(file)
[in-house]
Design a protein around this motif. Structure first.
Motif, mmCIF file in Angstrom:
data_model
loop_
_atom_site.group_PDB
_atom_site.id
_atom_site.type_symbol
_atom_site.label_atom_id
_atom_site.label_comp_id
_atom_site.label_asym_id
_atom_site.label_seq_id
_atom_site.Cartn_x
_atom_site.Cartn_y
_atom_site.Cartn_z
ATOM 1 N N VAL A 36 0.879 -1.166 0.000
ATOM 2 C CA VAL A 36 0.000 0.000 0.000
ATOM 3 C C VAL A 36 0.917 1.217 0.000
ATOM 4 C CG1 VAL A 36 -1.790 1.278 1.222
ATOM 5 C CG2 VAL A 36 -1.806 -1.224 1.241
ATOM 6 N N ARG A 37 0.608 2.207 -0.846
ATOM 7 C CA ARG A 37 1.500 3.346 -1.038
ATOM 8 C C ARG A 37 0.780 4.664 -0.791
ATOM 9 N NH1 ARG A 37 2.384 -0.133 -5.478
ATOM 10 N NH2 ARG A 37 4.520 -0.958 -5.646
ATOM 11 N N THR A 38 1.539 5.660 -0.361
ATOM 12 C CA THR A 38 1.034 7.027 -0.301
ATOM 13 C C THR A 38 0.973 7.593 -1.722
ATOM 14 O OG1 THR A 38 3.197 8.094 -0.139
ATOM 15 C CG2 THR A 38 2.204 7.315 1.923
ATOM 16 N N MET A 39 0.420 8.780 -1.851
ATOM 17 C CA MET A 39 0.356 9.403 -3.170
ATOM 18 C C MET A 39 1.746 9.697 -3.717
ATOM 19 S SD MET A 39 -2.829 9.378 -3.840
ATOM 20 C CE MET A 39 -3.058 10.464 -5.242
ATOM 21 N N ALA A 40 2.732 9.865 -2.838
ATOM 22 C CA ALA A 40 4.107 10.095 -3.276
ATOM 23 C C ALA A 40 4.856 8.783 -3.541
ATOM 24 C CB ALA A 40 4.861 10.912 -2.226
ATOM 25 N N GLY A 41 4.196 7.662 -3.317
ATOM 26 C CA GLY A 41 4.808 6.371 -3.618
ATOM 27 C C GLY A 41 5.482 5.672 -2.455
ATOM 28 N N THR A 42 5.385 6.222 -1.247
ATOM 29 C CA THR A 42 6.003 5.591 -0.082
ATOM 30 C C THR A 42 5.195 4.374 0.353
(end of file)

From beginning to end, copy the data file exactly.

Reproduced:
[in-house]
Design a protein around this motif. Structure first.
Motif, mmCIF file in Angstrom:
data_model
loop_
_atom_site.group_PDB
_atom_site.id
_atom_site.type_symbol
_atom_site.label_atom_id
_atom_site.label_comp_id
_atom_site.label_asym_id
_atom_site.label_seq_id
_atom_site.Cartn_x
_atom_site.Cartn_y
_atom_site.Cartn_z
ATOM 1 N N VAL A 36 0.879 -1.166 0.000
ATOM 2 C CA VAL A 36 0.000 0.000 0.000
ATOM 3 C C VAL A 36 0.917 1.217 0.000
ATOM 4 C CG1 VAL A 36 -1.790 1.278 1.222
ATOM 5 C CG2 VAL A 36 -1.806 -1.224 1.241
ATOM 6 N N ARG A 37 0.608 2.207 -0.846
ATOM 7 C CA ARG A 37 1.500 3.346 -1.038
ATOM 8 C C ARG A 37 0.780 4.664 -0.791
ATOM 9 N NH1 ARG A 37 2.384 -0.133 -5.478
ATOM 10 N NH2 ARG A 37 4.520 -0.958 -5.646
ATOM 11 N N THR A 38 1.539 5.660 -0.361
ATOM 12 C CA THR A 38 1.034 7.027 -0.301
ATOM 13 C C THR A 38 0.973 7.593 -1.722
ATOM 14 O OG1 THR A 38 3.197 8.094 -0.139
ATOM 15 C CG2 THR A 38 2.204 7.315 1.923
ATOM 16 N N MET A 39 0.420 8.780 -1.851
ATOM 17 C CA MET A 39 0.356 9.403 -3.170
ATOM 18 C C MET A 39 1.746 9.697 -3.717
ATOM 19 S SD MET A 39 -2.829 9.378 -3.840
ATOM 20 C CE MET A 39 -3.058 10.464 -5.242
ATOM 21 N N ALA A 40 2.732 9.865 -2.838
ATOM 22 C CA ALA A 40 4.107 10.095 -3.276
ATOM 23 C C ALA A 40 4.856 8.783 -3.541
ATOM 24 C CB ALA A 40 4.861 10.912 -2.226
ATOM 25 N N GLY A 41 4.196 7.662 -3.317
ATOM 26 C CA GLY A 41 4.808 6.371 -3.618
ATOM 27 C C GLY A 41 5.482 5.672 -2.455
ATOM 28 N N THR A 42 5.385 6.222 -1.247
ATOM 29 C CA THR A 42 6.003 5.591 -0.082
ATOM 30 C C THR A 42 5.195 4.374 0.353